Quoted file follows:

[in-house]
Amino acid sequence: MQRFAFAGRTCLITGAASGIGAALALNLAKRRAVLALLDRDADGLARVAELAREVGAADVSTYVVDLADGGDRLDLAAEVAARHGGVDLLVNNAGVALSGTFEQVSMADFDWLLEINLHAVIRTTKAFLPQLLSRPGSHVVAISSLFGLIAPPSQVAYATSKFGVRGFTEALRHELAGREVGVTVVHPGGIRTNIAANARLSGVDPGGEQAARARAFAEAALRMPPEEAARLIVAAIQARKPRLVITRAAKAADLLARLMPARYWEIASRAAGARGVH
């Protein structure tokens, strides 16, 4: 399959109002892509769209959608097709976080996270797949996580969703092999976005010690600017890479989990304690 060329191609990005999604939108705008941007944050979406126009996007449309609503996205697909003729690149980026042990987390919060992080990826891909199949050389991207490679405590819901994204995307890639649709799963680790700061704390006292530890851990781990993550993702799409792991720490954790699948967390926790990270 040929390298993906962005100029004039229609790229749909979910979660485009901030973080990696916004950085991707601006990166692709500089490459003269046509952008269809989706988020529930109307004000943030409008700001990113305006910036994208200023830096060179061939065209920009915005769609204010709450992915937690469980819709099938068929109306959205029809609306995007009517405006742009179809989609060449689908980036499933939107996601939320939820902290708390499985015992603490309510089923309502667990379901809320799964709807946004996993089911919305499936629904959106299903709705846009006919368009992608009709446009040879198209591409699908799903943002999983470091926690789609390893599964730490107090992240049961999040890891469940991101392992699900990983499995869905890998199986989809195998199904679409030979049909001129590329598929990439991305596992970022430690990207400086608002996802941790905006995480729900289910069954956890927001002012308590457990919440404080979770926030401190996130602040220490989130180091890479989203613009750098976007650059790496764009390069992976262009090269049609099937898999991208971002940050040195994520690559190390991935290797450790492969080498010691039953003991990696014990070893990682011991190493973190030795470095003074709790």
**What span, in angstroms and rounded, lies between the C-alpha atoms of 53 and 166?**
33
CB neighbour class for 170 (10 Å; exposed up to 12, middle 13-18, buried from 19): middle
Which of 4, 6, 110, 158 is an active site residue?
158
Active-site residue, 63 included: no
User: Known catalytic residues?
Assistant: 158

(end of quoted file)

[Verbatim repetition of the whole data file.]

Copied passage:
[in-house]
Amino acid sequence: MQRFAFAGRTCLITGAASGIGAALALNLAKRRAVLALLDRDADGLARVAELAREVGAADVSTYVVDLADGGDRLDLAAEVAARHGGVDLLVNNAGVALSGTFEQVSMADFDWLLEINLHAVIRTTKAFLPQLLSRPGSHVVAISSLFGLIAPPSQVAYATSKFGVRGFTEALRHELAGREVGVTVVHPGGIRTNIAANARLSGVDPGGEQAARARAFAEAALRMPPEEAARLIVAAIQARKPRLVITRAAKAADLLARLMPARYWEIASRAAGARGVH
């Protein structure tokens, strides 16, 4: 399959109002892509769209959608097709976080996270797949996580969703092999976005010690600017890479989990304690 060329191609990005999604939108705008941007944050979406126009996007449309609503996205697909003729690149980026042990987390919060992080990826891909199949050389991207490679405590819901994204995307890639649709799963680790700061704390006292530890851990781990993550993702799409792991720490954790699948967390926790990270 040929390298993906962005100029004039229609790229749909979910979660485009901030973080990696916004950085991707601006990166692709500089490459003269046509952008269809989706988020529930109307004000943030409008700001990113305006910036994208200023830096060179061939065209920009915005769609204010709450992915937690469980819709099938068929109306959205029809609306995007009517405006742009179809989609060449689908980036499933939107996601939320939820902290708390499985015992603490309510089923309502667990379901809320799964709807946004996993089911919305499936629904959106299903709705846009006919368009992608009709446009040879198209591409699908799903943002999983470091926690789609390893599964730490107090992240049961999040890891469940991101392992699900990983499995869905890998199986989809195998199904679409030979049909001129590329598929990439991305596992970022430690990207400086608002996802941790905006995480729900289910069954956890927001002012308590457990919440404080979770926030401190996130602040220490989130180091890479989203613009750098976007650059790496764009390069992976262009090269049609099937898999991208971002940050040195994520690559190390991935290797450790492969080498010691039953003991990696014990070893990682011991190493973190030795470095003074709790």
**What span, in angstroms and rounded, lies between the C-alpha atoms of 53 and 166?**
33
CB neighbour class for 170 (10 Å; exposed up to 12, middle 13-18, buried from 19): middle
Which of 4, 6, 110, 158 is an active site residue?
158
Active-site residue, 63 included: no
User: Known catalytic residues?
Assistant: 158